The other two calamities were what we would normally describe as “natural disasters” — “fire from heaven” is probably a reference to lightning, which can certainly strike in a localized area causing the devastation and effects the messenger describes. We today are not unfamiliar with “powerful winds” and the major difference is that our knowledge of building practices make our houses stronger. However, we are not immune as the following photograph of damage to a house after strong winds blew a tree down recently near me show:
Yet another calamity which befell Job was a profound and painful sickness. If we were to diagnose Job’s affliction with today’s knowledge we might assume that he had contracted either shingles or a severe staphylococcus bacterial infection of the skin causing painful boils. In either case, without the benefit of modern analgesics, he would be in severe, unrelenting pain and probably unable to sleep or find relief leading to profound depression.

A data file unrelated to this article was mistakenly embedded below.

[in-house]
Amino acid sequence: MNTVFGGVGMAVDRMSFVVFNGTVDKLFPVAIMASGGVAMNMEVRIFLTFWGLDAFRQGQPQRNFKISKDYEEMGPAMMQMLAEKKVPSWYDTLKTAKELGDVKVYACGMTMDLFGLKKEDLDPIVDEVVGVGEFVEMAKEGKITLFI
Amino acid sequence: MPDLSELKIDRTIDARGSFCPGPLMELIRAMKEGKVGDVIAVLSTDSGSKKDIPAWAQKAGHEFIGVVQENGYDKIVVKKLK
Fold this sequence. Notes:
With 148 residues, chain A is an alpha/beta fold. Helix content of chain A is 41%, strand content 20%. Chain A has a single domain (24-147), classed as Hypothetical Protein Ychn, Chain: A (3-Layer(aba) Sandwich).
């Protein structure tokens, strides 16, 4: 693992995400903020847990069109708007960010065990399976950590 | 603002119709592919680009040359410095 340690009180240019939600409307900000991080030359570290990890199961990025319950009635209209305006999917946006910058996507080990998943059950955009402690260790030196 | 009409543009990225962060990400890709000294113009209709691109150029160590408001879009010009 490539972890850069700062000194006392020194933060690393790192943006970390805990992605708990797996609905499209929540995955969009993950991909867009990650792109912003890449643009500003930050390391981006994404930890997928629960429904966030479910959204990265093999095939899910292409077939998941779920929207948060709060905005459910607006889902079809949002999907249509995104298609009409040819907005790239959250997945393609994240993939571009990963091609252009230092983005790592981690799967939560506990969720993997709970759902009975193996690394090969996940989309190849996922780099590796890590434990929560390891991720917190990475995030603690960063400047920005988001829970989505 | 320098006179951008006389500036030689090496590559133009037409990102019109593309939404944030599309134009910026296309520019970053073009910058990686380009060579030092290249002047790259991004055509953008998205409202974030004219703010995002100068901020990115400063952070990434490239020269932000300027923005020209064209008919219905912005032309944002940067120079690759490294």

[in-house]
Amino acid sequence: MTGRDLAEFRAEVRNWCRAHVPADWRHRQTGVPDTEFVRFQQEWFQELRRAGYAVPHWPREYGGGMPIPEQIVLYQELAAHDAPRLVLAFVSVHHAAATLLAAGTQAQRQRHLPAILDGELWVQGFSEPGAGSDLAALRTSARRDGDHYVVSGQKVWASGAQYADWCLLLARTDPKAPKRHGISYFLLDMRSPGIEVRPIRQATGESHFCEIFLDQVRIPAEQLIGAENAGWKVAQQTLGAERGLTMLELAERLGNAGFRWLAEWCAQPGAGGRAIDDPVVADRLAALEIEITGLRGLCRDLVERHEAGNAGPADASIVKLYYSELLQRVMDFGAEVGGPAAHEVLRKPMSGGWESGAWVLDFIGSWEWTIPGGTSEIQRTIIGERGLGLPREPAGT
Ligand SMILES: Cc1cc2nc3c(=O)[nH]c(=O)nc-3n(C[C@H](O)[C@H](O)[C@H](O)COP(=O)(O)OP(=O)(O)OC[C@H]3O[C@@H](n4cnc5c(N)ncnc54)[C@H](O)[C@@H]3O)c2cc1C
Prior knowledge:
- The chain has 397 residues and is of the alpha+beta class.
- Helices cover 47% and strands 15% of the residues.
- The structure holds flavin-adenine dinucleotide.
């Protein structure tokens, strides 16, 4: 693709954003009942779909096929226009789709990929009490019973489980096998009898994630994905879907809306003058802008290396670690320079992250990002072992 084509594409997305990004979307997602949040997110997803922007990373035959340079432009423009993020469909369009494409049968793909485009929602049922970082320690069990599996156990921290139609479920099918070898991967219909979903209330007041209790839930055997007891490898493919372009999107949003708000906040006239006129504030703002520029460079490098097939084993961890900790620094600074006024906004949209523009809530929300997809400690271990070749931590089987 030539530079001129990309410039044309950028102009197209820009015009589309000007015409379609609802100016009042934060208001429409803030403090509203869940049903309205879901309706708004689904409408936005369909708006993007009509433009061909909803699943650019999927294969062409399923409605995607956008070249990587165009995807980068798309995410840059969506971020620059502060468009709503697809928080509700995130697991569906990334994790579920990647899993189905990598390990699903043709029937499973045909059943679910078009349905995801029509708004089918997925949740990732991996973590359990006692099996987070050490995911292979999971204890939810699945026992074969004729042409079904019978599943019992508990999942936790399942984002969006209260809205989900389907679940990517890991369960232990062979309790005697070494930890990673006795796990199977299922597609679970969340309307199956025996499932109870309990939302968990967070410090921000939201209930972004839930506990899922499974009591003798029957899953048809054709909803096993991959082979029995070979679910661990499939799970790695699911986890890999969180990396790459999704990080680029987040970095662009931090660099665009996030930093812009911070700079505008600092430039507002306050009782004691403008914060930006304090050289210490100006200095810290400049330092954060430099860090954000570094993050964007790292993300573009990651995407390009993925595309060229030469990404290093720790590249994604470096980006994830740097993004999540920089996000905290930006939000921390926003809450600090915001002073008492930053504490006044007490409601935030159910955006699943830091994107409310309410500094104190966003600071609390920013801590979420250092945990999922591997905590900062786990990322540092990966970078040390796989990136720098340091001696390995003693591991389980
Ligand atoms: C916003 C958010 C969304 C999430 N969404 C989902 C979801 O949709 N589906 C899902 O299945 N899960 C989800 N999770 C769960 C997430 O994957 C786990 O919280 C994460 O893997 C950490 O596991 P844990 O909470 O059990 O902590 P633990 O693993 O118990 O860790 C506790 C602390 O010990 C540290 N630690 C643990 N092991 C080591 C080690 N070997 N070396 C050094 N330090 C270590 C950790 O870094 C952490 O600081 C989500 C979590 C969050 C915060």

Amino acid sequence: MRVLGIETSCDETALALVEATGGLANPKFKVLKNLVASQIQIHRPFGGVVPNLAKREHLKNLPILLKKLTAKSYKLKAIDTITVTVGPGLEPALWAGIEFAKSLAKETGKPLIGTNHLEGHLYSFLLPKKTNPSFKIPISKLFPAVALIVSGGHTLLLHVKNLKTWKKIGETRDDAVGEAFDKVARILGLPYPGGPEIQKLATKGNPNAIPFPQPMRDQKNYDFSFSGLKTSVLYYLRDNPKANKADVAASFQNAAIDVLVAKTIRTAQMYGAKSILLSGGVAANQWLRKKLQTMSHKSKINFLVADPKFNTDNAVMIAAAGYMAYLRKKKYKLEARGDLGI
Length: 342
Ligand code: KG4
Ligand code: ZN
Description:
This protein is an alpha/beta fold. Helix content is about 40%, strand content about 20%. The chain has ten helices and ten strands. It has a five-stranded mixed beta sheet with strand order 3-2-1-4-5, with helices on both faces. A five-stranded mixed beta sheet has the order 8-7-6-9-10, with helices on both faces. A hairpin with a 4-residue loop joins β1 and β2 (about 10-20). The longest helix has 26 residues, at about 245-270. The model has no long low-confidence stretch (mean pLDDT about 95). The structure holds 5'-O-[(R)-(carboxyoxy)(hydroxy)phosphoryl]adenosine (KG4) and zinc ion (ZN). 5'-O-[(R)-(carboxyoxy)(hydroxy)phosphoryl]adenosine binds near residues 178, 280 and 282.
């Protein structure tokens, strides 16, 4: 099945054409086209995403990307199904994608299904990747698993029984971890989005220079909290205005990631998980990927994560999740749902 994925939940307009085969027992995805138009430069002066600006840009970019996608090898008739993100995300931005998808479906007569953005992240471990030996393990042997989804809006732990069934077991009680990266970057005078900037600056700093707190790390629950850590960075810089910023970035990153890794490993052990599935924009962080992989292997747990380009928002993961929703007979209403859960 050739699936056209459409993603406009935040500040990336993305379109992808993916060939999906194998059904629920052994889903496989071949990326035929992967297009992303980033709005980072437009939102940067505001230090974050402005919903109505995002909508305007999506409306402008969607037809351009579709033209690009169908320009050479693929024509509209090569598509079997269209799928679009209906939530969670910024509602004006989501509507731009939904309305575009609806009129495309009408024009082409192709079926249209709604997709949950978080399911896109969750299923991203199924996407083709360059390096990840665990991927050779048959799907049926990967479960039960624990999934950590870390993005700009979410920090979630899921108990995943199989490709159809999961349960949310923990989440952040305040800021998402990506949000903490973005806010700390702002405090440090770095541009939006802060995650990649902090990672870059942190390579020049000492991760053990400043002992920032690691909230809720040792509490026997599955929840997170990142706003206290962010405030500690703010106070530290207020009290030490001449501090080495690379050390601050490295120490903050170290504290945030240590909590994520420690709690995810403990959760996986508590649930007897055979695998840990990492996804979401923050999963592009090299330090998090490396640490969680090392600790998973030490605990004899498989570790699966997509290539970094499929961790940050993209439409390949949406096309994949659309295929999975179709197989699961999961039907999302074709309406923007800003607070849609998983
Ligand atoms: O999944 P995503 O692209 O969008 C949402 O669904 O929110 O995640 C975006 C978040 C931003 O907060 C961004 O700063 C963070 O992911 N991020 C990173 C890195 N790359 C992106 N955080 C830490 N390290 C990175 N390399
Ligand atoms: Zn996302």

Plagues and sickness have always afflicted mankind indiscriminately, with faith providing no particular barrier to infection. Our recent experience with the COVID-19 pandemic, shows that it affected believers and non-believers equally!
What the story of Job tells us is that he was no more exempt from calamity because of his faith in God than his pagan neighbors were!
Faith does not provide us with a guarantee that the vicissitudes of life will magically pass us by!
What is different for people of faith is our reaction to these events, and a willingness to look for how God’s glory will be expressed in that reaction. There is an instructive incident found in the life of Jesus: